China’s CanSino Covid-19 vaccine wins emergency approval in Mexico

Josephine Ma
·3-min read

Mexico has become the first country to give emergency use approval to the single-shot Covid-19 vaccine developed by Chinese company CanSino Biologics and People’s Liberation Army scientists.

Approval was granted as Mexico scrambles to avoid a shortage of vaccines, with Pfizer/BioNTech and Russian Sputnik supplies not expected to arrive until later this month, throwing the country’s vaccination programme into disarray. So far, Mexico has received 760,000 doses of the Pfizer vaccine, with just 89,000 left, according to Associated Press.

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Mexico signed an agreement last year with CanSino, based in the northeastern Chinese city of Tianjin, for 35 million doses of its vaccine.

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The CanSino approval was announced on Wednesday, just days after Pakistani Health Minister Faisal Sultan said on Twitter that interim data from international trials of the vaccine had shown a general efficacy rate of 65.7 per cent.

Sultan said the trials – which involved 30,000 participants and saw 101 infections reported in vaccinated placebo groups – also showed the CanSino shot was 90.98 per cent effective in preventing severe cases of the disease. In the Pakistan subset of the trials, the vaccine had an efficacy rate of 74.8 per cent, he added.

CanSino quoted Sultan in its announcement of the Mexican approval, without giving further details. The company said Mexico’s decision was based on the interim results of phase 3 trials, which are also taking place there. In addition to Pakistan and Mexico, CanSino is holding trials in Russia, Chile and Argentina.

The CanSino vaccine is the second single-dose shot to be approved, after the one by Johnson and Johnson, which has reported an efficacy rate of 65 per cent for its product.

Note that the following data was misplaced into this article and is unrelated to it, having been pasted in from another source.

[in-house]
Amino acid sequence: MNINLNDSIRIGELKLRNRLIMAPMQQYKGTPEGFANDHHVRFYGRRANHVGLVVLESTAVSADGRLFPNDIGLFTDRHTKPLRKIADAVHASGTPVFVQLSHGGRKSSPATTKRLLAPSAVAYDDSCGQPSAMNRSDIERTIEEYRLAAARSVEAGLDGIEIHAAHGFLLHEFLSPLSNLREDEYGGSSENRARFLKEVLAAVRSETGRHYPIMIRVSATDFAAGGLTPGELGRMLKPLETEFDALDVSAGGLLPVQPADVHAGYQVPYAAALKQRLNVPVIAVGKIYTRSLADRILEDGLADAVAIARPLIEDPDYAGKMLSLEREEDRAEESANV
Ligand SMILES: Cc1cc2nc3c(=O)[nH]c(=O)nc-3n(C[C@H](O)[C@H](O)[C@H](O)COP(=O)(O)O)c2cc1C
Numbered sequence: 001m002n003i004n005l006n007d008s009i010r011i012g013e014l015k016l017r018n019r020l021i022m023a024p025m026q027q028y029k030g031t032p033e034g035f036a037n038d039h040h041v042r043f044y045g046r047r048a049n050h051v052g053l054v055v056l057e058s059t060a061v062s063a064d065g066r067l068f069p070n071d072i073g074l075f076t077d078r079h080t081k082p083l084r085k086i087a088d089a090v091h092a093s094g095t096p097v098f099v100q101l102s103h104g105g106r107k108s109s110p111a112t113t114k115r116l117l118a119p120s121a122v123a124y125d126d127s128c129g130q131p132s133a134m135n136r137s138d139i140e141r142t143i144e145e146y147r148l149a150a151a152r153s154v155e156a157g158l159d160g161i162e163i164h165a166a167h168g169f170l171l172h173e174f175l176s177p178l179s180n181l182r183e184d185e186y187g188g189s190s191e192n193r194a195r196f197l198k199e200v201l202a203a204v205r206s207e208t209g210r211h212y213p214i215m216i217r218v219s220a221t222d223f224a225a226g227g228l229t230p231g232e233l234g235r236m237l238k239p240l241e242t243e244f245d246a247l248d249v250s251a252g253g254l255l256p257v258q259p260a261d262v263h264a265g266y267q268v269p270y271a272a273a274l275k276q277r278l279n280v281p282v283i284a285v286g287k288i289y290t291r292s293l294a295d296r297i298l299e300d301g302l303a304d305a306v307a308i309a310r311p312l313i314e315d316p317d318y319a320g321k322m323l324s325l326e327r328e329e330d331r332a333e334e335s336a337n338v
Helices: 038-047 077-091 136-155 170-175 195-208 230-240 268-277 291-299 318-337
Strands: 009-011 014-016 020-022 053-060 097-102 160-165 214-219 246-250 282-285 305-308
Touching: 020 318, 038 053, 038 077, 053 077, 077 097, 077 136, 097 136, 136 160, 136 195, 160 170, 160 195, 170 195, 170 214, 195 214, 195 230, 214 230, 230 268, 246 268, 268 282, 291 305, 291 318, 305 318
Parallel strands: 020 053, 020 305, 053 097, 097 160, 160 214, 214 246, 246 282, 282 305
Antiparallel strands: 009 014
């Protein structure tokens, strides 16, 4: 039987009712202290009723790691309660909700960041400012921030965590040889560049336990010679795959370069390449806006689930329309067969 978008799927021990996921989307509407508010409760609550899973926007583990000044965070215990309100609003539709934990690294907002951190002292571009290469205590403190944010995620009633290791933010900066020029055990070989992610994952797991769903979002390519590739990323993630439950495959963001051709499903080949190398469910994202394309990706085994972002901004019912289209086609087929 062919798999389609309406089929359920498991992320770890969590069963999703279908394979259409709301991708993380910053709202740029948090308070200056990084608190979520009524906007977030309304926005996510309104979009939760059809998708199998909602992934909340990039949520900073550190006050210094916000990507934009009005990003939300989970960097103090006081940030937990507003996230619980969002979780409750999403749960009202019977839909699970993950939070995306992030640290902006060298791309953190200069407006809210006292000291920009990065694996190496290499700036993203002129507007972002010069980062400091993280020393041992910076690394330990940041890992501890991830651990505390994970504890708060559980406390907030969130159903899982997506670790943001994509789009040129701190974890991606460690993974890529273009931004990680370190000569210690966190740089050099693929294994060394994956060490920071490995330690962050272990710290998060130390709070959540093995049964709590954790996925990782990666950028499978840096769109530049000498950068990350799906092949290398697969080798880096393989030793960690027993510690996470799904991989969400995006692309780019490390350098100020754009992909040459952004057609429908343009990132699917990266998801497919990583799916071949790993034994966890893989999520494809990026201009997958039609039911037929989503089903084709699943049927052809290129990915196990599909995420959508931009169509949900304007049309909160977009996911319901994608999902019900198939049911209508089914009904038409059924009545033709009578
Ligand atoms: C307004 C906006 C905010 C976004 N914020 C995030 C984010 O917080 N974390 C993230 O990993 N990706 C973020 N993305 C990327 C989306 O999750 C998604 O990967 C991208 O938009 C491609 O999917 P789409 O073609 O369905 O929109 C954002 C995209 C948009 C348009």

CanSino is the third Chinese vaccine company to make inroads to the international market for Covid-19 shots, despite scant information about phase 3 trial data from all three. Sinopharm has put the efficacy rate of one of its inactivated vaccines at 79.34 per cent, while Sinovac has recorded an efficacy rate of 50.4 per cent from its trials in Brazil.

CanSino’s vaccine has been approved for military use in China, but not yet for the civilian population. Earlier this week, the PLA donated 500,000 doses of the CanSino vaccine to Pakistan’s military.

The CanSino, Oxford/AstraZeneca, Johnson and Johnson and Sputnik shots are all vectored vaccines, which camouflage different types of adenovirus as the spike protein of the Sars-CoV-2 virus – which causes Covid-19 – to trigger an immune response.

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The use of a common type of flu adenovirus in the CanSino vaccine has raised concerns about its effectiveness, as many people may have pre-existing immunity against it. But, like the Johnson and Johnson vaccine, it has the advantage of only needing one dose. It can also be stored in normal refrigerators, unlike the mRNA vaccines developed by Pfizer and Moderna.

Oxford/AstraZeneca, which also uses an adenovirus as a vector, has reported an efficacy rate of 70 per cent, but the optimal timing and dosage remains unclear.

A major challenge now faced by all vaccines is their effectiveness against new variants of the new coronavirus. A recent study shows the Oxford vaccine is only 10 per cent effective against the South African variant.

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